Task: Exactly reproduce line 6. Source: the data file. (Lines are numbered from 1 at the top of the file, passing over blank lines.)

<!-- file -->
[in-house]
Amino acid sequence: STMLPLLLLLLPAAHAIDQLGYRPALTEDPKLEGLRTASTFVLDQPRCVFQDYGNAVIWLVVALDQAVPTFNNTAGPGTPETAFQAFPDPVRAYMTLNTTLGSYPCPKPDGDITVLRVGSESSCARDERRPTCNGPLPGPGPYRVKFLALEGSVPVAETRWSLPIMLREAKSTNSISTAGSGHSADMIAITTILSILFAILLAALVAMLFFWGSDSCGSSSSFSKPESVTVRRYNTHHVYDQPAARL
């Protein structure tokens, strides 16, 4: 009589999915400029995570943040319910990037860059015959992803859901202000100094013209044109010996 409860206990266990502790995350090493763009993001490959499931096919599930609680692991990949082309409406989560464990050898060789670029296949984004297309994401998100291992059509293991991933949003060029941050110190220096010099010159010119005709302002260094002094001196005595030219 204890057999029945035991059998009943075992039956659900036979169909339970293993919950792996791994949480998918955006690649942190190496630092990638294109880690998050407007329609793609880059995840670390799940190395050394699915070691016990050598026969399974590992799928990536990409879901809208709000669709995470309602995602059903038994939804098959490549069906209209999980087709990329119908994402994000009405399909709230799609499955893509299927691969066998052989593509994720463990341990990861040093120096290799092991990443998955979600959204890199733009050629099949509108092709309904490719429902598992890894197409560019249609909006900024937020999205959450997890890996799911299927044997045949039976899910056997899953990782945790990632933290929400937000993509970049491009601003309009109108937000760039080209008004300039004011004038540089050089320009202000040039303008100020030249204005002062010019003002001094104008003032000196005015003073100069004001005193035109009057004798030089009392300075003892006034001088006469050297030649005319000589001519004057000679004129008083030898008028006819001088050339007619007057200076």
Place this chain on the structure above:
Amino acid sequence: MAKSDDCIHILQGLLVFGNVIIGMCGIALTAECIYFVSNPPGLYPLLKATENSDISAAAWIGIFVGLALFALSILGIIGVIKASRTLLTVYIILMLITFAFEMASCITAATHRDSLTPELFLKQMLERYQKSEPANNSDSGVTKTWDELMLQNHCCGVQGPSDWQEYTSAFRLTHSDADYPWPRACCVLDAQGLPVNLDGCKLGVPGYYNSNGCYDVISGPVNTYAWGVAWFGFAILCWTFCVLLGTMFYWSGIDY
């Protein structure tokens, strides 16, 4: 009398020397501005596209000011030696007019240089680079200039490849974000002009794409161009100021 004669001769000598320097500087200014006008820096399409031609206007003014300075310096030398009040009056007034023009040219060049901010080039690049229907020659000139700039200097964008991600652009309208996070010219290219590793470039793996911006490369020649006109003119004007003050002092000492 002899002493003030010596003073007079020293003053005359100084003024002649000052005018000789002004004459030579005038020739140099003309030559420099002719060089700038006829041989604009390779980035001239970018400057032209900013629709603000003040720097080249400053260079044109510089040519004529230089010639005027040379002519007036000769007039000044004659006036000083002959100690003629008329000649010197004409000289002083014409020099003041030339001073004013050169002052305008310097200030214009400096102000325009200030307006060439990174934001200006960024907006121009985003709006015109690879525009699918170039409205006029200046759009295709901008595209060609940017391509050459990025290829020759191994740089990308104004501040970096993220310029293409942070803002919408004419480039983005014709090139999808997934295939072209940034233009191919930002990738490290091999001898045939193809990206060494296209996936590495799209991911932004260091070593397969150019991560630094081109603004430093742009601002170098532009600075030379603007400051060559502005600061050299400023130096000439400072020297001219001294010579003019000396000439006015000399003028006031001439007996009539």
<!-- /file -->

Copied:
């Protein structure tokens, strides 16, 4: 009398020397501005596209000011030696007019240089680079200039490849974000002009794409161009100021 004669001769000598320097500087200014006008820096399409031609206007003014300075310096030398009040009056007034023009040219060049901010080039690049229907020659000139700039200097964008991600652009309208996070010219290219590793470039793996911006490369020649006109003119004007003050002092000492 002899002493003030010596003073007079020293003053005359100084003024002649000052005018000789002004004459030579005038020739140099003309030559420099002719060089700038006829041989604009390779980035001239970018400057032209900013629709603000003040720097080249400053260079044109510089040519004529230089010639005027040379002519007036000769007039000044004659006036000083002959100690003629008329000649010197004409000289002083014409020099003041030339001073004013050169002052305008310097200030214009400096102000325009200030307006060439990174934001200006960024907006121009985003709006015109690879525009699918170039409205006029200046759009295709901008595209060609940017391509050459990025290829020759191994740089990308104004501040970096993220310029293409942070803002919408004419480039983005014709090139999808997934295939072209940034233009191919930002990738490290091999001898045939193809990206060494296209996936590495799209991911932004260091070593397969150019991560630094081109603004430093742009601002170098532009600075030379603007400051060559502005600061050299400023130096000439400072020297001219001294010579003019000396000439006015000399003028006031001439007996009539």